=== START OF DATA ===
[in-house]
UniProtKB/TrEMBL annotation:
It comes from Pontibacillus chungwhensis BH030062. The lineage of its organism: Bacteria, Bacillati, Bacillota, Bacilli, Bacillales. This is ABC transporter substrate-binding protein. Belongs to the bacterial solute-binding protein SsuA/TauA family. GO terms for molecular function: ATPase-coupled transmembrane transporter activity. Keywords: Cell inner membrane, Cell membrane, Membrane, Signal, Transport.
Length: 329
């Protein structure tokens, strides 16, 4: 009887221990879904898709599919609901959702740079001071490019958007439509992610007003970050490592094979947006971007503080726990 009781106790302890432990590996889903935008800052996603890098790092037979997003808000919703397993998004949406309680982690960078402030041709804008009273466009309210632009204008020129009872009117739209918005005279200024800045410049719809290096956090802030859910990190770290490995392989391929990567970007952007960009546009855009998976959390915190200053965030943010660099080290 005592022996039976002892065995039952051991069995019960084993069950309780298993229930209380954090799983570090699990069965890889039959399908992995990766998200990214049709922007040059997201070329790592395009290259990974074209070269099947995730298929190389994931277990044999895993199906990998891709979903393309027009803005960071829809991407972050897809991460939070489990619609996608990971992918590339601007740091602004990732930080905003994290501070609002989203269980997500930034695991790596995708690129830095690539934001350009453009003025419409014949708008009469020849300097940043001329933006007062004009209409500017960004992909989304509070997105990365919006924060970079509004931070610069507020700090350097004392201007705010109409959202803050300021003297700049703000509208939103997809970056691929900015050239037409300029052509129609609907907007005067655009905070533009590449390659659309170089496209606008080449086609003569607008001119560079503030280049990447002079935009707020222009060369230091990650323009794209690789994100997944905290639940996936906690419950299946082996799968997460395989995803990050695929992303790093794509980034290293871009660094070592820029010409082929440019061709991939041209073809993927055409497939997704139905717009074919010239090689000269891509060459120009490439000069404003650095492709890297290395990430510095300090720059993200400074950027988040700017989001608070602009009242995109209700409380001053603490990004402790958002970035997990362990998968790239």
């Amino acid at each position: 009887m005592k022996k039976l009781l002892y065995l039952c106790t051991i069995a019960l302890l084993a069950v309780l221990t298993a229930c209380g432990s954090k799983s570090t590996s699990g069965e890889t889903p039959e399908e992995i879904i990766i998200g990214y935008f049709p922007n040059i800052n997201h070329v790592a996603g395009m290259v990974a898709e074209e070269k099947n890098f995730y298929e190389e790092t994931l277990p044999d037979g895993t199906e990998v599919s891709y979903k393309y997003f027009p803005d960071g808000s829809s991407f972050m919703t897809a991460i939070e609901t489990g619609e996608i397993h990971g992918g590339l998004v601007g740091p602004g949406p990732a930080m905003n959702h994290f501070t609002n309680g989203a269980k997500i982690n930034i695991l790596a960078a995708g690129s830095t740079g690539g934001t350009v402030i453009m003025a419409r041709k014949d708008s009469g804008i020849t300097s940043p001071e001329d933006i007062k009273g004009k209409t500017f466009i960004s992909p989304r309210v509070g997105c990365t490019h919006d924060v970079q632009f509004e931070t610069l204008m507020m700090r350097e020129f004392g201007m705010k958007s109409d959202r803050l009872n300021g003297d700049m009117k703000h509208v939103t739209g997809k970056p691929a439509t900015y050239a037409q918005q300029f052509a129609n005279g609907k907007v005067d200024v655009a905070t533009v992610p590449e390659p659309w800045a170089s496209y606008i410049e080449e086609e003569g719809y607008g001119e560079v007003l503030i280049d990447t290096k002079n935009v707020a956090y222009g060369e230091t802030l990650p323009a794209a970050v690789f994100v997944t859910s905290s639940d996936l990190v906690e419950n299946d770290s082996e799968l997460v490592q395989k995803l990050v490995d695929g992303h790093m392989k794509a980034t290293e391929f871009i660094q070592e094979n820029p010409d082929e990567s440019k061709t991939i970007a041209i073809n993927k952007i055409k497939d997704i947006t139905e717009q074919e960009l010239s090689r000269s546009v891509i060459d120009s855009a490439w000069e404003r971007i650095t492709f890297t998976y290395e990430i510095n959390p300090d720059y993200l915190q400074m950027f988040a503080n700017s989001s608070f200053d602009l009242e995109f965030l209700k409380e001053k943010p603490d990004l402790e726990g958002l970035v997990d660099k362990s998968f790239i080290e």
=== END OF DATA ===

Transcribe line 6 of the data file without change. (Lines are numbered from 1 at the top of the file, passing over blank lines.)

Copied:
């Amino acid at each position: 009887m005592k022996k039976l009781l002892y065995l039952c106790t051991i069995a019960l302890l084993a069950v309780l221990t298993a229930c209380g432990s954090k799983s570090t590996s699990g069965e890889t889903p039959e399908e992995i879904i990766i998200g990214y935008f049709p922007n040059i800052n997201h070329v790592a996603g395009m290259v990974a898709e074209e070269k099947n890098f995730y298929e190389e790092t994931l277990p044999d037979g895993t199906e990998v599919s891709y979903k393309y997003f027009p803005d960071g808000s829809s991407f972050m919703t897809a991460i939070e609901t489990g619609e996608i397993h990971g992918g590339l998004v601007g740091p602004g949406p990732a930080m905003n959702h994290f501070t609002n309680g989203a269980k997500i982690n930034i695991l790596a960078a995708g690129s830095t740079g690539g934001t350009v402030i453009m003025a419409r041709k014949d708008s009469g804008i020849t300097s940043p001071e001329d933006i007062k009273g004009k209409t500017f466009i960004s992909p989304r309210v509070g997105c990365t490019h919006d924060v970079q632009f509004e931070t610069l204008m507020m700090r350097e020129f004392g201007m705010k958007s109409d959202r803050l009872n300021g003297d700049m009117k703000h509208v939103t739209g997809k970056p691929a439509t900015y050239a037409q918005q300029f052509a129609n005279g609907k907007v005067d200024v655009a905070t533009v992610p590449e390659p659309w800045a170089s496209y606008i410049e080449e086609e003569g719809y607008g001119e560079v007003l503030i280049d990447t290096k002079n935009v707020a956090y222009g060369e230091t802030l990650p323009a794209a970050v690789f994100v997944t859910s905290s639940d996936l990190v906690e419950n299946d770290s082996e799968l997460v490592q395989k995803l990050v490995d695929g992303h790093m392989k794509a980034t290293e391929f871009i660094q070592e094979n820029p010409d082929e990567s440019k061709t991939i970007a041209i073809n993927k952007i055409k497939d997704i947006t139905e717009q074919e960009l010239s090689r000269s546009v891509i060459d120009s855009a490439w000069e404003r971007i650095t492709f890297t998976y290395e990430i510095n959390p300090d720059y993200l915190q400074m950027f988040a503080n700017s989001s608070f200053d602009l009242e995109f965030l209700k409380e001053k943010p603490d990004l402790e726990g958002l970035v997990d660099k362990s998968f790239i080290e």